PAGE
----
13. Creeper

    Sherco 5.1 review needed

    Well, if you look back to an earlier time, people like me in their 50s rode things like OSSA Pioneer 250 & Husqvarna 360C 2-strokes in the '70s on the highway... never a thought that the little 25 hp strokers couldn't go anywhere anytime. Growing up in SoCal helped to foster that scenario a bit... and if you had a buck and a bottle of castor bean oil, you had fuel for the whole day. Considering a modern 500 puts out at least 45 hp and usually more than 50 hp, with better reliability (although greater cost when something goes wrong)... riding them on the road is pretty much a doodle. Cheers, C
  14. Creeper

    Sherco 5.1 review needed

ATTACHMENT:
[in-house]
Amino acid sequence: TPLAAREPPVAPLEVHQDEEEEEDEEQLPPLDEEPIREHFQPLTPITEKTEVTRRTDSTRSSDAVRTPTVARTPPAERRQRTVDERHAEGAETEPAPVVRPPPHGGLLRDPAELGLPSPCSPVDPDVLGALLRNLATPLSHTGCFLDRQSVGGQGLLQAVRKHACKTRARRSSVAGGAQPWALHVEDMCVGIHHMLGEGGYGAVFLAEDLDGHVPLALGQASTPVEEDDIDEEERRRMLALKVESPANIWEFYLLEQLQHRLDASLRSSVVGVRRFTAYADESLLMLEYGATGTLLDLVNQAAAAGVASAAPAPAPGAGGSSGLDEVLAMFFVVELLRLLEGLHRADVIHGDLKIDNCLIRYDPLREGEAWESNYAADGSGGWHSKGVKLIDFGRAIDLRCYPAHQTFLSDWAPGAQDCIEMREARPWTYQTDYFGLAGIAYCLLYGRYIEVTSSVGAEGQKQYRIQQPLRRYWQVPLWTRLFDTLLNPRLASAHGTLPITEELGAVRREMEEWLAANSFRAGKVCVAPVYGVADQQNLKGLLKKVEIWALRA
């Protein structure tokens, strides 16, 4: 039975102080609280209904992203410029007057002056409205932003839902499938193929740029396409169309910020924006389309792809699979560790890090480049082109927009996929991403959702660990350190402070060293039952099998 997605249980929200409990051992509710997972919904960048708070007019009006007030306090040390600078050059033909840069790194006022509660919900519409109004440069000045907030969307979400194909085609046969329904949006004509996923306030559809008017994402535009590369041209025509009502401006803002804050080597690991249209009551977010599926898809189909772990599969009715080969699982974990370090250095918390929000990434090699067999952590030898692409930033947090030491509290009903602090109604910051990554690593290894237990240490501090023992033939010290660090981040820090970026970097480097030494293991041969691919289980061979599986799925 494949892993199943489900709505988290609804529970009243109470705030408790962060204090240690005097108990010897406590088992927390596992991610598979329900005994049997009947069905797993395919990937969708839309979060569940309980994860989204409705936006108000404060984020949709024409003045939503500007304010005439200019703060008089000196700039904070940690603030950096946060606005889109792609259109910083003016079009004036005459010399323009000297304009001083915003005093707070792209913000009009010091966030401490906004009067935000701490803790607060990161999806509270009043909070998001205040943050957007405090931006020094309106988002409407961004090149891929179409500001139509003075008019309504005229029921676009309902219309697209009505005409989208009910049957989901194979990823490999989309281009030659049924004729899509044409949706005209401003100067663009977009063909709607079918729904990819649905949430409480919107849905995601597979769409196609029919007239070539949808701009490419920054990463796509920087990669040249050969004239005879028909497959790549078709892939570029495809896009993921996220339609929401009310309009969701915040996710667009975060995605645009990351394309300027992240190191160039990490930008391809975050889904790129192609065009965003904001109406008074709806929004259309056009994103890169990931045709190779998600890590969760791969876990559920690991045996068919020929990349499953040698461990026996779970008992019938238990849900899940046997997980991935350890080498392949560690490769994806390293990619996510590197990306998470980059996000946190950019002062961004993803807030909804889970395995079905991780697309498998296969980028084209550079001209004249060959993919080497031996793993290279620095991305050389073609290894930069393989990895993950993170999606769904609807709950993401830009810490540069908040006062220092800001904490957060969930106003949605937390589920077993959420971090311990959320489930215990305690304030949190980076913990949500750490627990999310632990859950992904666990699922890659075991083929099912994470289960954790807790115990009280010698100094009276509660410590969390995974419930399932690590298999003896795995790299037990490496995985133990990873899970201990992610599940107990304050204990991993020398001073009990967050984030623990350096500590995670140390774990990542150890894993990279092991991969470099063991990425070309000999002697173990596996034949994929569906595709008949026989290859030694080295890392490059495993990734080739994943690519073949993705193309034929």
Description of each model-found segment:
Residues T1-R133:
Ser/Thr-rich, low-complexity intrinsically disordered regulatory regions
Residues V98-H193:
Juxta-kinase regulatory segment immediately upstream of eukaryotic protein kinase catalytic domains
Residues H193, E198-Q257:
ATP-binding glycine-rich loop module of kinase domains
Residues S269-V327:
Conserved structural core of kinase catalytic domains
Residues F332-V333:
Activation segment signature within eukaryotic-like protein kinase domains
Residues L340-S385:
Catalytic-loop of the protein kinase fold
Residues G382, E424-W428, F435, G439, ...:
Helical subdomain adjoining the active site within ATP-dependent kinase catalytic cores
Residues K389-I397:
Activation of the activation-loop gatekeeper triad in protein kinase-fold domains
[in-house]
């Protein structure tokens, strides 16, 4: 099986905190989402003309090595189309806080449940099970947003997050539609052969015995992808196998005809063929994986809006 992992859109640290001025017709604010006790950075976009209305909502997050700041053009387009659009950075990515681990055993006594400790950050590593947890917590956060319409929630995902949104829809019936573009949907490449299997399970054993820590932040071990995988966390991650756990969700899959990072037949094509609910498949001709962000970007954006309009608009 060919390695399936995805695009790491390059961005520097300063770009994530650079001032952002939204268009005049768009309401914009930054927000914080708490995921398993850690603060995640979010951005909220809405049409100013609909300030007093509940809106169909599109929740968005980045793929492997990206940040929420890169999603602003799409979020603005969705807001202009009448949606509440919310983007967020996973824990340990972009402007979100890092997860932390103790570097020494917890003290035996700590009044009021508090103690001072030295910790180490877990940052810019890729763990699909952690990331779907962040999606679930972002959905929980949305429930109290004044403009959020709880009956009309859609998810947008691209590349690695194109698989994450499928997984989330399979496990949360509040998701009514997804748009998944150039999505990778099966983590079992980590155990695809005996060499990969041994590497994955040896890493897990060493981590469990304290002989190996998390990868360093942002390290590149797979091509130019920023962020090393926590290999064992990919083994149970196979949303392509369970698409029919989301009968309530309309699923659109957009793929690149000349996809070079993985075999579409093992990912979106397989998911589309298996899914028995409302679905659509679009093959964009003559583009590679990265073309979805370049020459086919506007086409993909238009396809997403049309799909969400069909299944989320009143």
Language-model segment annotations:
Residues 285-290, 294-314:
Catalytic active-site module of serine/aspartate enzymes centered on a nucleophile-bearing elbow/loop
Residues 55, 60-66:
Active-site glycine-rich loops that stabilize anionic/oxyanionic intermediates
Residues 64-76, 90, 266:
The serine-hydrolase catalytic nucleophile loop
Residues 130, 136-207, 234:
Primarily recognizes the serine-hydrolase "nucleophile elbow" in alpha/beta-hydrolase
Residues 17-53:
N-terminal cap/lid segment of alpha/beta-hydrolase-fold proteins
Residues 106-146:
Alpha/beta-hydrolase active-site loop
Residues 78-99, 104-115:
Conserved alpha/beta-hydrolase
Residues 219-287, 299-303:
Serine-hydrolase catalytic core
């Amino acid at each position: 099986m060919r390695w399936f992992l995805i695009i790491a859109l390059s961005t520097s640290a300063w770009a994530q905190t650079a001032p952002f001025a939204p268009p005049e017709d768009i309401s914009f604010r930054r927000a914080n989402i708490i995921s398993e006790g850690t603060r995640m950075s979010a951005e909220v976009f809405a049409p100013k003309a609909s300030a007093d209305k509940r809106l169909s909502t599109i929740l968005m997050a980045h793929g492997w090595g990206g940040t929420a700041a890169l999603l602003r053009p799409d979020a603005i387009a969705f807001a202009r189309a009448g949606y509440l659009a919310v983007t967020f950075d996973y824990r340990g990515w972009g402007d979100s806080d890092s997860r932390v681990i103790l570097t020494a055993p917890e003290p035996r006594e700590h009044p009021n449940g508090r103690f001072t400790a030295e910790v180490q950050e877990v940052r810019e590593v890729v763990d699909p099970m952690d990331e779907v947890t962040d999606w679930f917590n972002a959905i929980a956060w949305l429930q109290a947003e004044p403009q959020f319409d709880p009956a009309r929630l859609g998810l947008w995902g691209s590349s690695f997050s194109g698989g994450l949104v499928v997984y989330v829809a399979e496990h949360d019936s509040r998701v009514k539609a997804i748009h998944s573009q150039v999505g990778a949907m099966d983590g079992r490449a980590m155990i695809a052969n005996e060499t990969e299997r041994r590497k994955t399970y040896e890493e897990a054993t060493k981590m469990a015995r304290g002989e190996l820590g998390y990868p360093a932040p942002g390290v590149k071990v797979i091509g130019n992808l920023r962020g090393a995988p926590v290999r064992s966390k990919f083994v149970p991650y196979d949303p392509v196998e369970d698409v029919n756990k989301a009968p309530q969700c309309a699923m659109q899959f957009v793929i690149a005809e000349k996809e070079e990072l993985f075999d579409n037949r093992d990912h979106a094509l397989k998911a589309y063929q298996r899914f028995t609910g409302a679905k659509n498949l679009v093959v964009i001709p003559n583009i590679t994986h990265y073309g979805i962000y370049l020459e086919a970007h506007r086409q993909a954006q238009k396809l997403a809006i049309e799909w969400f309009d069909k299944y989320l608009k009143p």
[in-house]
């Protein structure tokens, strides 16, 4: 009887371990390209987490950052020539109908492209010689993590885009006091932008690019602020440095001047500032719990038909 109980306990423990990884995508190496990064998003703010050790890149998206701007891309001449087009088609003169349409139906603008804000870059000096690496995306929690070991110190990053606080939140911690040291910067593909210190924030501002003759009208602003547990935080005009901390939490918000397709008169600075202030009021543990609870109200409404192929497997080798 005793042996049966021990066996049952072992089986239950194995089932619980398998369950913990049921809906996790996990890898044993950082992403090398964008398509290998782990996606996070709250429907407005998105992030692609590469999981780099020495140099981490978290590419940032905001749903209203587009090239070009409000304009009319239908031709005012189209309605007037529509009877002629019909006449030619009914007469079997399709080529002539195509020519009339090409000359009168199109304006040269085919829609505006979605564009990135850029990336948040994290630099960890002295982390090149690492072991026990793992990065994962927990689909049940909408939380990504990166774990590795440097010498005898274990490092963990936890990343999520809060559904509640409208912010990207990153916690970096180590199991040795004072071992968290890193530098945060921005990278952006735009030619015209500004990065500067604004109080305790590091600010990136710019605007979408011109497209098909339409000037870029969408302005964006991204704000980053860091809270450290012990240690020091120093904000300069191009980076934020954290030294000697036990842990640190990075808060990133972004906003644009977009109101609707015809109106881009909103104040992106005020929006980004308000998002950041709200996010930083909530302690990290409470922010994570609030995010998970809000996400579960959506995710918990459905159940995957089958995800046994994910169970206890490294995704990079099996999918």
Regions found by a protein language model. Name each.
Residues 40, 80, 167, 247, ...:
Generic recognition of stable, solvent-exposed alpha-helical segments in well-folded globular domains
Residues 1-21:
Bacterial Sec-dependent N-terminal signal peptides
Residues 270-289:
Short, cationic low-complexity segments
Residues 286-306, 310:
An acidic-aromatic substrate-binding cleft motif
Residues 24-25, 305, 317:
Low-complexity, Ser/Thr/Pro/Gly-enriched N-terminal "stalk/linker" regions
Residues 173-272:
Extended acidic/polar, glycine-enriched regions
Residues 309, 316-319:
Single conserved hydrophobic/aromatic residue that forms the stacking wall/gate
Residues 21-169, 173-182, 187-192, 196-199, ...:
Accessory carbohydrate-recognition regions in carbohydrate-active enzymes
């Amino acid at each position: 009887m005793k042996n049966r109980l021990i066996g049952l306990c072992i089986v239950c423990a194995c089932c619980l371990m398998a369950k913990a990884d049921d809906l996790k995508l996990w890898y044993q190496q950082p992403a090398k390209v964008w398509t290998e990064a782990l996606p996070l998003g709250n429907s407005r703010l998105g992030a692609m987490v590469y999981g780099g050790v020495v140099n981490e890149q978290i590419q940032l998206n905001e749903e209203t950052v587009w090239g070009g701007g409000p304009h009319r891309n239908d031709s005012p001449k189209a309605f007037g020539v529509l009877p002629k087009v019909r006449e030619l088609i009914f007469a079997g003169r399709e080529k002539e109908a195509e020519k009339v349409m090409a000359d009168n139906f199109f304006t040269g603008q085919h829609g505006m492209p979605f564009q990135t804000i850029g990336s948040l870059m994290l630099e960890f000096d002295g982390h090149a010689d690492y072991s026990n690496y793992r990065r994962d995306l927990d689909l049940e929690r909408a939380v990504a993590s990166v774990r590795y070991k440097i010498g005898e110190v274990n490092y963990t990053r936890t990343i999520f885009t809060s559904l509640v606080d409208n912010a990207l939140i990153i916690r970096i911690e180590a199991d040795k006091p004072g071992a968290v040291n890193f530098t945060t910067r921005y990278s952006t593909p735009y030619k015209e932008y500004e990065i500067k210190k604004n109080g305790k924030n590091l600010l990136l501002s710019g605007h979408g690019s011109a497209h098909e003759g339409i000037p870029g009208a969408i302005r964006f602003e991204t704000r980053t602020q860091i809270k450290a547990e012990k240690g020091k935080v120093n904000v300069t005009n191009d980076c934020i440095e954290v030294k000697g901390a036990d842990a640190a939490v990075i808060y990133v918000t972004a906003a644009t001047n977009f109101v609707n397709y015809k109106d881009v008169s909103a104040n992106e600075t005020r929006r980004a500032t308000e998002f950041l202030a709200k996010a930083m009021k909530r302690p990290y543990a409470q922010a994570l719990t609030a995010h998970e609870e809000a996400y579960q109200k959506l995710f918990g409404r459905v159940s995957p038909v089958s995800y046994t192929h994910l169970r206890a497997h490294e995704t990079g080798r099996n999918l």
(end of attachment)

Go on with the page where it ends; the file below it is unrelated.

I ride my 510i Enduro 50-60 miles one way to get from my place to the trails up in the Cascade range... at speeds of 60-70 mph. Had it up to 90-95 once or twice (or three times)... knobbie tires make it a tad vague and noisy, but not unstable. Of course, I have a Scott's damper on it. I suspect that with SuMo rubber and a bit taller gearing than an enduro, you can ride at 80 all day without even straining the motor. Cheers, C
  15. Creeper

    Seat Vote!

    Best of success with that endeavor. A seat can be built to suit your needs now, but if you're serious about the weight loss, then it's best to wait until you are approaching your goal weight. 70 lbs is enough of a change that a complete reevaluation of those (and other) needs will be required. Ride safe, take care, C